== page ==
“Who’ll Take the Son?”

“Who’ll Take the Son?”

I recently reread the touching story of a wealthy man and his son who loved to collect works of art. (The story appears in several sermons and books, but the original author is unknown.) It goes like this:

When war broke out, the son went to fight and died while rescuing another soldier. Not long after, there was a knock at the father’s door. He opened to find a young man holding a large package.
“Sir, you don’t know me,” the young man said, “but I am the soldier for whom your son gave his life. He was carrying me to safety when a bullet struck him and he died instantly. He often talked about you and your love for art.” The young man held out his package. “I know this isn’t much, but I wanted you to have this.”
The package contained a portrait of the son, painted by the young man. The father hung the portrait over his mantle, and thereafter, he always showed visitors the portrait of his son before he showed them any of the masterpieces in his collection.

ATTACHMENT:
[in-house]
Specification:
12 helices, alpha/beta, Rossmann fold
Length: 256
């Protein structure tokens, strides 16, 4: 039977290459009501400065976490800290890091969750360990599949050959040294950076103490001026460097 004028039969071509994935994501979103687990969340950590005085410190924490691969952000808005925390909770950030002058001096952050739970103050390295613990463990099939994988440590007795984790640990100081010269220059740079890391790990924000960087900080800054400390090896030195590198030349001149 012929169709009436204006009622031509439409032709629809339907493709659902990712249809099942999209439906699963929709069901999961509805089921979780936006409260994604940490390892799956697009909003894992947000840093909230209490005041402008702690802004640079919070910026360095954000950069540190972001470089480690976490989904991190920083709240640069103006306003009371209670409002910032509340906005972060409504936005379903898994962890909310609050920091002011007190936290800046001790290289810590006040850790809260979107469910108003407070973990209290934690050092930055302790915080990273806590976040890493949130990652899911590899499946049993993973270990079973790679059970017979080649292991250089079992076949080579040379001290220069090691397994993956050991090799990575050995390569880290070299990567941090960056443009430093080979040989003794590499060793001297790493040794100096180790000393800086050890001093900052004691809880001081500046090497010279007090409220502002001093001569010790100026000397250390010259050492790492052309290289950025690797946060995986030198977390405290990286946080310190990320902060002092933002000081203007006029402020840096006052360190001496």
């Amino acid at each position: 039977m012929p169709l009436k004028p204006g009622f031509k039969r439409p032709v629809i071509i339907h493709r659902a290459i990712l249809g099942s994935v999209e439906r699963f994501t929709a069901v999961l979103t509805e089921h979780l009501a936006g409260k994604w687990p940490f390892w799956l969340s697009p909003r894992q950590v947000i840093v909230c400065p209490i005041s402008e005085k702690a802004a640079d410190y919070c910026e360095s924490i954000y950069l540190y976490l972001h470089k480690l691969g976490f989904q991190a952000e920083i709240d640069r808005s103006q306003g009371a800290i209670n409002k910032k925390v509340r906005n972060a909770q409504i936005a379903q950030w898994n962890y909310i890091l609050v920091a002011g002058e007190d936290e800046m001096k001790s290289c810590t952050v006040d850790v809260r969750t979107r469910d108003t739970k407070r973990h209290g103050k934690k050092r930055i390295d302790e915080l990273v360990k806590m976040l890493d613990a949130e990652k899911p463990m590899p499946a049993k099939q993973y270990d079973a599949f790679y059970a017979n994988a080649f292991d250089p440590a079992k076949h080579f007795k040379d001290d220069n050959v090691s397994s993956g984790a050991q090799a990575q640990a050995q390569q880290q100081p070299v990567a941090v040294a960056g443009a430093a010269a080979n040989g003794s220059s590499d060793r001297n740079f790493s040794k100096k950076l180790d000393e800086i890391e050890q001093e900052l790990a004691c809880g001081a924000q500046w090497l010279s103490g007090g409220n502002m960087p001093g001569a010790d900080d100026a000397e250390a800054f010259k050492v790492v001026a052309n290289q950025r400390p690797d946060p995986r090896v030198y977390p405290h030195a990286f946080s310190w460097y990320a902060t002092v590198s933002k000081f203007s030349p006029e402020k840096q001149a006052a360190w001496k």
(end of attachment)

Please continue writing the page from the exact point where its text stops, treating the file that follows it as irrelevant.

When the father died, an auction was organized to dispose of his art collection. On an easel next to the platform was the portrait of the son. The auctioneer pounded his gavel. “We will start with this picture of the son. Who will bid for this picture?”
Silence. Then a shout came. “We want to see the famous paintings. Skip this one!”
The auctioneer was unmoved. “The son. Who will take the son?”
Finally the family’s longtime gardener spoke from the back of the room. “I’ll give $10 for the painting.” He felt embarrassed offering so little, but it was all he could afford.
“We have $10. Will someone bid $20?”
“Give it to him for $10, and let’s get on with it!”
“Going once, going twice, sold for $10!” The auctioneer pounded his gavel. “The auction is ended,” he announced. “When I was called to conduct this auction, I was told of a secret stipulation in the man’s will: only the painting of the son would be auctioned, and whoever bought that painting would inherit the entire estate. The man who took the son gets everything!”
Like the auctioneer, God’s question today is, “Who’ll take the Son?” Because, you see, whoever takes the Son receives everything.

God’s Son died for us nearly 2,000 years ago. This Easter, let’s remember Him together.

Ronan Keane

Ronan Keane is the executive editor of the Activated magazine. 

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